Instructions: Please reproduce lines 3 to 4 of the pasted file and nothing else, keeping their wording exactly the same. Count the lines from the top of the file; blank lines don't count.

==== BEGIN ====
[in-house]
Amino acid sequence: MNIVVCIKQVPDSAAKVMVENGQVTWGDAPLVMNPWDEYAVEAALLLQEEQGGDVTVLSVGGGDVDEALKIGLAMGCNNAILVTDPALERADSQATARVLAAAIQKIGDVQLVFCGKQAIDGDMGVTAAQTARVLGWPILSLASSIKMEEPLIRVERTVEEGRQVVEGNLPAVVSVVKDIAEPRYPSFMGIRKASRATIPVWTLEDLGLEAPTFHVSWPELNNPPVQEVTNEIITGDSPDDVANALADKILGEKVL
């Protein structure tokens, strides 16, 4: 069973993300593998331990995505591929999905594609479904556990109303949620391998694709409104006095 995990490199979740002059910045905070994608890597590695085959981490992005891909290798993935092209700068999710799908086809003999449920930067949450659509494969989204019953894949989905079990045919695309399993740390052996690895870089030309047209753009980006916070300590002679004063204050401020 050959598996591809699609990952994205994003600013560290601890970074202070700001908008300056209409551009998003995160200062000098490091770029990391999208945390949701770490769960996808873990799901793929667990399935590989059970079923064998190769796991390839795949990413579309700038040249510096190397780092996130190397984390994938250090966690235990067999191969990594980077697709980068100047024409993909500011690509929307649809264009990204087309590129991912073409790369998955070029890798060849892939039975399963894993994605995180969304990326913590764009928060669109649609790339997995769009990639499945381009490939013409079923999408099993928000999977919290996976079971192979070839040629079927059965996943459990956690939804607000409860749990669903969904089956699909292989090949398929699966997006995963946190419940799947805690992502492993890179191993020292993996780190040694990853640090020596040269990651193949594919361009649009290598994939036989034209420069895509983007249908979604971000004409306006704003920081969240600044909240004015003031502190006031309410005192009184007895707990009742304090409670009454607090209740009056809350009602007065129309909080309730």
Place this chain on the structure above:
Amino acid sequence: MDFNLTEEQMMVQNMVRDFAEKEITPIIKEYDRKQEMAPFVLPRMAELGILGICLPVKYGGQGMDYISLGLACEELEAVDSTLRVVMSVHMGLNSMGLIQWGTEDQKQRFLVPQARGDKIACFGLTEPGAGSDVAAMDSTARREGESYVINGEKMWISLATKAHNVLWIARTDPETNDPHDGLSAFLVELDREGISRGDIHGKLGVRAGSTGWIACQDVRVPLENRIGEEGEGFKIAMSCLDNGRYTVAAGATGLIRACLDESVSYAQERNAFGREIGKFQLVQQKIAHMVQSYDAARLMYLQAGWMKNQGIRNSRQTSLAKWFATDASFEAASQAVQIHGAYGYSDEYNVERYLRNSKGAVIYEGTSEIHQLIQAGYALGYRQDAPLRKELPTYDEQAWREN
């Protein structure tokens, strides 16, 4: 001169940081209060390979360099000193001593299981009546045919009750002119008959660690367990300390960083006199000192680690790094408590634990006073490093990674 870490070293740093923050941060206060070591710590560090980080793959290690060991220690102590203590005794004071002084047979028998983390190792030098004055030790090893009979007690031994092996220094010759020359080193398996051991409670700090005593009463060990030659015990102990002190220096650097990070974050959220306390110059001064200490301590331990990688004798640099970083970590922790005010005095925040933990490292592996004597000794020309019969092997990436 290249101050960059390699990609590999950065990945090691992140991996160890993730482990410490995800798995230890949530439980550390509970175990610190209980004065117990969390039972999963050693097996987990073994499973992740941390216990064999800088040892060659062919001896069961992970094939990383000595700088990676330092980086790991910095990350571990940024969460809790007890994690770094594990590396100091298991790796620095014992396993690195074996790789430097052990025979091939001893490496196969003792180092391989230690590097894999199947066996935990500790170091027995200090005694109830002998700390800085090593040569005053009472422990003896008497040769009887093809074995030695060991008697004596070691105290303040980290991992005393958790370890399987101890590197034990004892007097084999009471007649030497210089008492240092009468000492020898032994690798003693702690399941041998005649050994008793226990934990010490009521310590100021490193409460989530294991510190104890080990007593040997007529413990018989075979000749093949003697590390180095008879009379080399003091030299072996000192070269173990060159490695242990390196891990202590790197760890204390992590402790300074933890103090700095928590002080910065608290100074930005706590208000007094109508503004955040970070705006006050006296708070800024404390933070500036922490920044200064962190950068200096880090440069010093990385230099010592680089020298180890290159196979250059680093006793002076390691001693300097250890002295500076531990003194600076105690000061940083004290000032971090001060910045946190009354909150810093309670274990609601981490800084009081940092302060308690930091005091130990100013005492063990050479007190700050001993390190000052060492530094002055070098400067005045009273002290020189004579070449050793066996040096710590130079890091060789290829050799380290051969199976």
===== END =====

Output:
């Protein structure tokens, strides 16, 4: 069973993300593998331990995505591929999905594609479904556990109303949620391998694709409104006095 995990490199979740002059910045905070994608890597590695085959981490992005891909290798993935092209700068999710799908086809003999449920930067949450659509494969989204019953894949989905079990045919695309399993740390052996690895870089030309047209753009980006916070300590002679004063204050401020 050959598996591809699609990952994205994003600013560290601890970074202070700001908008300056209409551009998003995160200062000098490091770029990391999208945390949701770490769960996808873990799901793929667990399935590989059970079923064998190769796991390839795949990413579309700038040249510096190397780092996130190397984390994938250090966690235990067999191969990594980077697709980068100047024409993909500011690509929307649809264009990204087309590129991912073409790369998955070029890798060849892939039975399963894993994605995180969304990326913590764009928060669109649609790339997995769009990639499945381009490939013409079923999408099993928000999977919290996976079971192979070839040629079927059965996943459990956690939804607000409860749990669903969904089956699909292989090949398929699966997006995963946190419940799947805690992502492993890179191993020292993996780190040694990853640090020596040269990651193949594919361009649009290598994939036989034209420069895509983007249908979604971000004409306006704003920081969240600044909240004015003031502190006031309410005192009184007895707990009742304090409670009454607090209740009056809350009602007065129309909080309730």
Place this chain on the structure above: